This is a live mirror of the Perl 5 development currently hosted at https://github.com/perl/perl5
Small doc tweaks.
[perl5.git] / pod / perluniintro.pod
CommitLineData
ba62762e
JH
1=head1 NAME
2
07fcf8ff 3perluniintro - Perl Unicode introduction
ba62762e
JH
4
5=head1 DESCRIPTION
6
7This document gives a general idea of Unicode and how to use Unicode
8in Perl.
9
10=head2 Unicode
11
12Unicode is a character set standard with plans to cover all of the
13writing systems of the world, plus many other symbols.
14
15Unicode and ISO/IEC 10646 are coordinated standards that provide code
16points for the characters in almost all modern character set standards,
17covering more than 30 writing systems and hundreds of languages,
18including all commercially important modern languages. All characters
19in the largest Chinese, Japanese, and Korean dictionaries are also
20encoded. The standards will eventually cover almost all characters in
21more than 250 writing systems and thousands of languages.
22
23A Unicode I<character> is an abstract entity. It is not bound to any
24particular integer width, and especially not to the C language C<char>.
25Unicode is language neutral and display neutral: it doesn't encode the
26language of the text, and it doesn't define fonts or other graphical
27layout details. Unicode operates on characters and on text built from
28those characters.
29
30Unicode defines characters like C<LATIN CAPITAL LETTER A> or C<GREEK
31SMALL LETTER ALPHA>, and then unique numbers for those, hexadecimal
320x0041 or 0x03B1 for those particular characters. Such unique
33numbers are called I<code points>.
34
35The Unicode standard prefers using hexadecimal notation for the code
36points. (In case this notation, numbers like 0x0041, is unfamiliar to
37you, take a peek at a later section, L</"Hexadecimal Notation">.)
38The Unicode standard uses the notation C<U+0041 LATIN CAPITAL LETTER A>,
39which gives the hexadecimal code point, and the normative name of
40the character.
41
42Unicode also defines various I<properties> for the characters, like
43"uppercase" or "lowercase", "decimal digit", or "punctuation":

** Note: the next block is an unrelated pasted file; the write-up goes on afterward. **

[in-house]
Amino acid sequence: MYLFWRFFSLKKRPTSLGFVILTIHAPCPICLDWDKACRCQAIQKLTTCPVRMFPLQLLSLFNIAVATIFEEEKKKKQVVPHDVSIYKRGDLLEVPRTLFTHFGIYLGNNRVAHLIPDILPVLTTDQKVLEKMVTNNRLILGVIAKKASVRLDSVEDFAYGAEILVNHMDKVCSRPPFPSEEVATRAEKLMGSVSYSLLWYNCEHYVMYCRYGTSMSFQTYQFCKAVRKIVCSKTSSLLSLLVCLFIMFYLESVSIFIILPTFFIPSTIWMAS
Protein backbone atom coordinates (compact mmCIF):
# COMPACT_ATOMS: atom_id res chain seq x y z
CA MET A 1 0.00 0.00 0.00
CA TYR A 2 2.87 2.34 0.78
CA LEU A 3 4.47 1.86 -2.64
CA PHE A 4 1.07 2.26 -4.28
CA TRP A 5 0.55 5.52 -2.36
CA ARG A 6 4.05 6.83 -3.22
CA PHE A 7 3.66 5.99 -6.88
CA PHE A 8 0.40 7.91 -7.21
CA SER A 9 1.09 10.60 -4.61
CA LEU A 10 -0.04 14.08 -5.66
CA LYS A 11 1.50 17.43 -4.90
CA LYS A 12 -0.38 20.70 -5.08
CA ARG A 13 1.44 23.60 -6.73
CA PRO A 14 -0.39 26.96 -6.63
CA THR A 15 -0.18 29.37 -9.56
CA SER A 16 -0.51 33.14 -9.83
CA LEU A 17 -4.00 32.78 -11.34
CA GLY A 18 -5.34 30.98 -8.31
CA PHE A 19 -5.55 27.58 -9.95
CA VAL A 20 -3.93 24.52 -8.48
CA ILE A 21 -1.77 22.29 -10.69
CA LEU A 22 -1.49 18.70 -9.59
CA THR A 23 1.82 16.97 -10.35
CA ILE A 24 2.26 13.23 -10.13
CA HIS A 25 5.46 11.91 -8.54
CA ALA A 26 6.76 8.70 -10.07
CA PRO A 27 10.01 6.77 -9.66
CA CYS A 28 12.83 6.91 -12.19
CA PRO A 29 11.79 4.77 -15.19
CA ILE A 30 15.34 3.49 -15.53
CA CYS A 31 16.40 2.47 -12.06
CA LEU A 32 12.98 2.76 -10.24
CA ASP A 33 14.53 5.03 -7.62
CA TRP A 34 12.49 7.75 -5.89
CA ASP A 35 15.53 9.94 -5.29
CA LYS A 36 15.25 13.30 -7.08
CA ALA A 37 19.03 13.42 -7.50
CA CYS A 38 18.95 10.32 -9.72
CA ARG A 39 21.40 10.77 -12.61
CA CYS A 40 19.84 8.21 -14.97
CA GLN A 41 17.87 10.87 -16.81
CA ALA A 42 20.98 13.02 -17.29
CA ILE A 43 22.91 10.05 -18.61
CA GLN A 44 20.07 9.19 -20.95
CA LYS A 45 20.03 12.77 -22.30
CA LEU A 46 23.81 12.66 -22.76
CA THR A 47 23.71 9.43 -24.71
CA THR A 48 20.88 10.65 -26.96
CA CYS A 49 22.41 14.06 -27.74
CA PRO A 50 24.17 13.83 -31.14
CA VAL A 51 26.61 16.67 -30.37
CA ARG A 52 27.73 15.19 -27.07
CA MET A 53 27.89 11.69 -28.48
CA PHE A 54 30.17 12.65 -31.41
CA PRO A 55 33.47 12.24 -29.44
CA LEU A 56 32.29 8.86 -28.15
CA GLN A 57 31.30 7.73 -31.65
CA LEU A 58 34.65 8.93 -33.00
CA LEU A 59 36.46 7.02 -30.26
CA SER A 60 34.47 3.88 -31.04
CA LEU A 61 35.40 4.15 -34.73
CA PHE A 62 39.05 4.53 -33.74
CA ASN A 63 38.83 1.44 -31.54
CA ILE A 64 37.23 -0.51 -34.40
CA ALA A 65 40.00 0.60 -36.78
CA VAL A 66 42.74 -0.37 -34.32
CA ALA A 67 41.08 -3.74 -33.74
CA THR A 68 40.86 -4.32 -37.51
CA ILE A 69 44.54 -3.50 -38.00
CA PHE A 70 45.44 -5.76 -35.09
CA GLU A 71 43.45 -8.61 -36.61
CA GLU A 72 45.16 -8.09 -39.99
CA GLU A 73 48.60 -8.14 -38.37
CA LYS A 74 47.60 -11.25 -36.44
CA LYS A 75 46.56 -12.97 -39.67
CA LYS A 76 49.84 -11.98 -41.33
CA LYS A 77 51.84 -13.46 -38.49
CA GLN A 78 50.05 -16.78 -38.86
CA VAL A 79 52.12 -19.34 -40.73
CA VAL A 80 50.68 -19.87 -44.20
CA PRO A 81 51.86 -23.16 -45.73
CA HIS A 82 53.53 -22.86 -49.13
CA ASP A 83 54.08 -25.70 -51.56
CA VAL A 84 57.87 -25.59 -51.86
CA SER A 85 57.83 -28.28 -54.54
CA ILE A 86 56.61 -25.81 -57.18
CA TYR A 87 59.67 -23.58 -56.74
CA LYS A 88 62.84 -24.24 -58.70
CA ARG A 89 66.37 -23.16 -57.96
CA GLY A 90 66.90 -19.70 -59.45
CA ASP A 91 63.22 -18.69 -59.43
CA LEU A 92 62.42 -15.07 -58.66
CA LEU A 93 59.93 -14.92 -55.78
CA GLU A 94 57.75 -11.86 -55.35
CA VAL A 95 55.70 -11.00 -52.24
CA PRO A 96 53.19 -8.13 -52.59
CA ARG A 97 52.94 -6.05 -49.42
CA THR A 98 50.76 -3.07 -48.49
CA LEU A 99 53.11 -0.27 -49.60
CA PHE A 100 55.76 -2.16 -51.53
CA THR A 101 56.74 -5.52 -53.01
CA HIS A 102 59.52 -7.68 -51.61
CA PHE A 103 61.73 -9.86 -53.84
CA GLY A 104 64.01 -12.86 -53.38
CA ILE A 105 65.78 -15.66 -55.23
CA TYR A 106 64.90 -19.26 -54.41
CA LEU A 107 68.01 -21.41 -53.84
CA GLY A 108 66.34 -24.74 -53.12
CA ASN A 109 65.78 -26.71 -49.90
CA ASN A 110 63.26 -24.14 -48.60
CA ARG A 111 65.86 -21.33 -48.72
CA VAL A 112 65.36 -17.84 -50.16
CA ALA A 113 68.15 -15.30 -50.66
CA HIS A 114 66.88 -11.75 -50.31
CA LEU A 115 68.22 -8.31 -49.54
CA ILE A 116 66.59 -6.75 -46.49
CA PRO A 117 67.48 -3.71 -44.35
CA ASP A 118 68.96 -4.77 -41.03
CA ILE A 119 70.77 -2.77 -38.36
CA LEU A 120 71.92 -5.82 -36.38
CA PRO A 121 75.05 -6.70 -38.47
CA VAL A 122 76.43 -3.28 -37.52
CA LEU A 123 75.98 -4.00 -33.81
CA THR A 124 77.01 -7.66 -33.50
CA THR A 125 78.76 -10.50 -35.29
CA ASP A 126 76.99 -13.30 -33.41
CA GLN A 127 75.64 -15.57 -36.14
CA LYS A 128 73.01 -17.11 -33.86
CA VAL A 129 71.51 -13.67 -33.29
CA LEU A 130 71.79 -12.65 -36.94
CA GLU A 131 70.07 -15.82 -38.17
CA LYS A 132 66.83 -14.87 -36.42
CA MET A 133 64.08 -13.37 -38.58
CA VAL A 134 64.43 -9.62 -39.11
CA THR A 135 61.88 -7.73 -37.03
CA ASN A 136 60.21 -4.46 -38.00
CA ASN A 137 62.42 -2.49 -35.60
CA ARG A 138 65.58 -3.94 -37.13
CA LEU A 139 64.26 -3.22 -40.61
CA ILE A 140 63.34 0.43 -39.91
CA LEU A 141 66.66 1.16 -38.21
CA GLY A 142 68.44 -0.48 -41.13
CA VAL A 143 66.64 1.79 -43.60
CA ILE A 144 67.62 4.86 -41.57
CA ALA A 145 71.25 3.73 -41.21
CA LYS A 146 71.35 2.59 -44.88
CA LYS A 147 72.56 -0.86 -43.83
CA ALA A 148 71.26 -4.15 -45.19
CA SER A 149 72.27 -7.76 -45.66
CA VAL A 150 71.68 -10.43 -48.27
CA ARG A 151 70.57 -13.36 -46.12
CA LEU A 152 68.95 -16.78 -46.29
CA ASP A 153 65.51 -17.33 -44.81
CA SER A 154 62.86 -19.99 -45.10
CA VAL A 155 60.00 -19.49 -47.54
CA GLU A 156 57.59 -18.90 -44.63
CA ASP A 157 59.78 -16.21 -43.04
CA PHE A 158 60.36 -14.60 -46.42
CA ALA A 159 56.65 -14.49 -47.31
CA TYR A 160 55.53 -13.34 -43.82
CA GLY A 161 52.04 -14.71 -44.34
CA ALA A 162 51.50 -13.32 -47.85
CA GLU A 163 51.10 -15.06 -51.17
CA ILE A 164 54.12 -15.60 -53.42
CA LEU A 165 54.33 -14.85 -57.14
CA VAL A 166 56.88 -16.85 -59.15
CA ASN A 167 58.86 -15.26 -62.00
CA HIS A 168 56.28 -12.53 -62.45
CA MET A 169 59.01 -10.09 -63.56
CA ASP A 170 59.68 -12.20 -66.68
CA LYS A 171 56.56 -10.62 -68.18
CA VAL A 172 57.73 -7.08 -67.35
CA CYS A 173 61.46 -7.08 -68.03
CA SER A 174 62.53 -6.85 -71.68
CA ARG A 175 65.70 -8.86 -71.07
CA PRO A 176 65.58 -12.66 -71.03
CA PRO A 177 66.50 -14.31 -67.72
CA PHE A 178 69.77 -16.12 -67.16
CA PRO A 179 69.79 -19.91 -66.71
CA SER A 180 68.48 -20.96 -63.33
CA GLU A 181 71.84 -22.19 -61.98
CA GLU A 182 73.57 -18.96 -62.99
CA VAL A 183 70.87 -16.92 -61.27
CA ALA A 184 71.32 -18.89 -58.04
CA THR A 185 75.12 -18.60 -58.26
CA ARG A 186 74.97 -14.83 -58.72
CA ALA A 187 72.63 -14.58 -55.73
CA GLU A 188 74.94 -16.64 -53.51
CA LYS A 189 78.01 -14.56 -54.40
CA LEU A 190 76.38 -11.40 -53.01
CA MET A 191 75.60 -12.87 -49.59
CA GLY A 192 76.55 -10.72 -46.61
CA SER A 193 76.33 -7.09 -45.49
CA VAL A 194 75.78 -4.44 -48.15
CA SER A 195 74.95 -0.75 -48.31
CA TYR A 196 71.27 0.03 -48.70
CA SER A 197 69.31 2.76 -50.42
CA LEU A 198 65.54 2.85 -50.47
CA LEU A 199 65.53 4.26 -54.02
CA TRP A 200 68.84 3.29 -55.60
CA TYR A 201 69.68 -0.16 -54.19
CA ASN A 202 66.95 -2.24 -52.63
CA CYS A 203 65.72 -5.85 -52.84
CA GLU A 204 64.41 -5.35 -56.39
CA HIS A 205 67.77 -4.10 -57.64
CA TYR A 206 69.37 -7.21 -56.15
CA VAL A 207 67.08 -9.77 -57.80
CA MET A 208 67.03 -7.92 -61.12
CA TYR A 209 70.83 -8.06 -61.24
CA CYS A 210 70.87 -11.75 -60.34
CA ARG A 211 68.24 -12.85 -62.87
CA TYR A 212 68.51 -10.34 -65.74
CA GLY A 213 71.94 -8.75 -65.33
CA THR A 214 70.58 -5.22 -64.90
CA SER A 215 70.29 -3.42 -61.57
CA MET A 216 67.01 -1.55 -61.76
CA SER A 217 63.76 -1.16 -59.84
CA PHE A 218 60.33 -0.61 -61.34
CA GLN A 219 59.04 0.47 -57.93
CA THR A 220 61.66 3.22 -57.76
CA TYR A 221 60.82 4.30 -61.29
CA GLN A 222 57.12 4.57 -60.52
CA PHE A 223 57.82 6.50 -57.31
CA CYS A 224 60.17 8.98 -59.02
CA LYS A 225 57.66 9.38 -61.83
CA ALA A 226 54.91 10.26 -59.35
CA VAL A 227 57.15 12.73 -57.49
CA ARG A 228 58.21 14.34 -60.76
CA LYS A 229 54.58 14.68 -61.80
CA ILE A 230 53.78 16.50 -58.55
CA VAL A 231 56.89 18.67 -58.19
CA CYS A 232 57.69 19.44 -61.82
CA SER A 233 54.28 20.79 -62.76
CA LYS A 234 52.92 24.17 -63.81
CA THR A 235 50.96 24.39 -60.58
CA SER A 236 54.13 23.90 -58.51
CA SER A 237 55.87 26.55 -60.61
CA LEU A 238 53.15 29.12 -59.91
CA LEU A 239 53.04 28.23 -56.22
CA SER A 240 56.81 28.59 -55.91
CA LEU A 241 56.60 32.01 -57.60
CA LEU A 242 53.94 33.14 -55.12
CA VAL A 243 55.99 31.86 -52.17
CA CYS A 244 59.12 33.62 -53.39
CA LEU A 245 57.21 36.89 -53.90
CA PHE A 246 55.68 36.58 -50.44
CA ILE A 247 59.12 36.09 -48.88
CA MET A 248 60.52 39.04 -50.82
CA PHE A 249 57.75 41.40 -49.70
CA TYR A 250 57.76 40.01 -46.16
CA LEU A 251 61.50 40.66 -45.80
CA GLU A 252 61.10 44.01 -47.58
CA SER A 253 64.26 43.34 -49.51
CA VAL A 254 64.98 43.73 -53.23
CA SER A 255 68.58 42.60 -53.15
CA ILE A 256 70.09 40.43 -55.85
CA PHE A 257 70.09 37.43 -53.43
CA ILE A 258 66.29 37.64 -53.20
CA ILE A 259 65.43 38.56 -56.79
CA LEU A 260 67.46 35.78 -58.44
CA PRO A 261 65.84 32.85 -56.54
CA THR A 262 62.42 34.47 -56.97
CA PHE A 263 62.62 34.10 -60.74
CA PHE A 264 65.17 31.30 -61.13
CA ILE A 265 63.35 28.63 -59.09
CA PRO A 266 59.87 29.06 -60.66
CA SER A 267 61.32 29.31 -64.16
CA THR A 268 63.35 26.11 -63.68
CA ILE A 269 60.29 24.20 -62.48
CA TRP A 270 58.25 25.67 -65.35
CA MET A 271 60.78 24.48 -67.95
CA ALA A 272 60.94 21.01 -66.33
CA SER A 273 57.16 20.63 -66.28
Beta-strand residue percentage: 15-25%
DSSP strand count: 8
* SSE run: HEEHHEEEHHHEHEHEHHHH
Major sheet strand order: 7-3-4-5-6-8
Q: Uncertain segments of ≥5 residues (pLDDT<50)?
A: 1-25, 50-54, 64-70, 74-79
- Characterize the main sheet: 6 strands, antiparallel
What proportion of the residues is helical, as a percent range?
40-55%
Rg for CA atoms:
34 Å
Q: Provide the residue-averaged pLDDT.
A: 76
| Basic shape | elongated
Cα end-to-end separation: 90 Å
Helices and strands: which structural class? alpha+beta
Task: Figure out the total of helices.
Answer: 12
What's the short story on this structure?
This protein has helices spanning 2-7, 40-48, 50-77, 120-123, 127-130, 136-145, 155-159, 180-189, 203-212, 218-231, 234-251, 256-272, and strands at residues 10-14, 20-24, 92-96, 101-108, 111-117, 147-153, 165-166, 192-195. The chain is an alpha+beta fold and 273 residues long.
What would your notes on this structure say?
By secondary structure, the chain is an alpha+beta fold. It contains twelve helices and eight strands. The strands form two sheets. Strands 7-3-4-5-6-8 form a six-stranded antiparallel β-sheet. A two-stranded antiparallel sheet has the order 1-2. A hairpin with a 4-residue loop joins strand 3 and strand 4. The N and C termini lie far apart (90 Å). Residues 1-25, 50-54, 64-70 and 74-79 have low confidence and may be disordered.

44these properties are independent of the names of the characters.
45Furthermore, various operations on the characters like uppercasing,
46lowercasing, and collating (sorting), are defined.
47
48A Unicode character consists either of a single code point, or a
49I<base character> (like C<LATIN CAPITAL LETTER A>), followed by one or
50more I<modifiers> (like C<COMBINING ACUTE ACCENT>). This sequence of
51a base character and modifiers is called a I<combining character
52sequence>.
53
a5f0baef
JH
54Whether to call these combining character sequences, as a whole,
55"characters" depends on your point of view. If you are a programmer,
56you probably would tend towards seeing each element in the sequences
57as one unit, one "character", but from the user viewpoint, the
58sequence as a whole is probably considered one "character", since
59that's probably what it looks like in the context of the user's
60language.
ba62762e
JH
61
62With this "as a whole" view of characters, the number of characters is
a5f0baef
JH
63open-ended. But in the programmer's "one unit is one character" point
64of view, the concept of "characters" is more deterministic, and so we
65take that point of view in this document: one "character" is one
66Unicode code point, be it a base character or a combining character.
ba62762e
JH
67
68For some of the combinations there are I<precomposed> characters,
69for example C<LATIN CAPITAL LETTER A WITH ACUTE> is defined as
70a single code point. These precomposed characters are, however,
71often available only for some combinations, and mainly they are
72meant to support round-trip conversions between Unicode and legacy
73standards (like the ISO 8859), and in general case the composing
74method is more extensible. To support conversion between the
75different compositions of the characters, various I<normalization
76forms> are also defined.
77
78Because of backward compatibility with legacy encodings, the "a unique
79number for every character" breaks down a bit: "at least one number
80for every character" is closer to truth. (This happens when the same
81character has been encoded in several legacy encodings.) The converse
82is also not true: not every code point has an assigned character.
83Firstly, there are unallocated code points within otherwise used
84blocks. Secondly, there are special Unicode control characters that
85do not represent true characters.
86
87A common myth about Unicode is that it would be "16-bit", that is,
880x10000 (or 65536) characters from 0x0000 to 0xFFFF. B<This is untrue.>
89Since Unicode 2.0 Unicode has been defined all the way up to 21 bits
90(0x10FFFF), and since 3.1 characters have been defined beyond 0xFFFF.
91The first 0x10000 characters are called the I<Plane 0>, or the I<Basic